WEST LAFAYETTE, Ind. -- What do you get when you buy a bottle of the herbal cold remedy echinacea?
You really don't know what you're getting, says James Simon, professor of horticulture and co-director of Purdue's New Crops Center, because of the lack of consistency in herbs and medicinal plants.
Echinacea, for example, is used by many people to combat cold symptoms. But according to Simon, there are two different echinacea plants -- Echinacea purpuea and Echinacea angustifolia -- and most product labels give little information about which plant was used in the herbal remedy.
"Both plants produce the compound that has the biological activity, but in different amounts," he says. "Regardless of which species is used in a product, it's the responsibility of the manufacturers to come up with a mix that gives consumers the amount of the active ingredient that they need. But the amount of the active ingredient that is in the product isn't put on the label."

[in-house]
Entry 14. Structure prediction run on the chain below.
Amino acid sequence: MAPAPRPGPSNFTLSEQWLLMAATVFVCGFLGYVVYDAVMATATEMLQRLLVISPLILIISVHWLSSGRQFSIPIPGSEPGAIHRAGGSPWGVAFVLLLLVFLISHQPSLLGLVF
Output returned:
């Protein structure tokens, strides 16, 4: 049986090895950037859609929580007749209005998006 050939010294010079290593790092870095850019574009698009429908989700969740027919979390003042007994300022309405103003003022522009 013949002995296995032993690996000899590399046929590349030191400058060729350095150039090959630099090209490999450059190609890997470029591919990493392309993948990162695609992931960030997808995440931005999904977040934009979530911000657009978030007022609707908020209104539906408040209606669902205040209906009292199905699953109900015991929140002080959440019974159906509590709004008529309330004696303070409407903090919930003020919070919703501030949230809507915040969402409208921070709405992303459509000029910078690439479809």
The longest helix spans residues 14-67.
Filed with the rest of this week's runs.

Echinacea is just one of many examples of the uncertainty that exists with herbal remedies and functional foods, Simon says.
"There can be differences in the biological actions of medicinal plants, depending on environmental and genetic differences," he says. "The way that a plant is harvested, and when it is harvested, can make a difference in the quality. It requires a good understanding of the plants and the environment to assess that it is high quality."
The natural variation of plants within a species can have a tremendous effect on the quality of the herbal remedy. "Some wild plants may have very high amounts, and some plants may be devoid of it. Anytime you have a natural product, there is going to be a lot of biological diversity," Simon says.
The way to control the variations in quality and to instill consumer confidence is to demystify herbal products through scientific research, he says.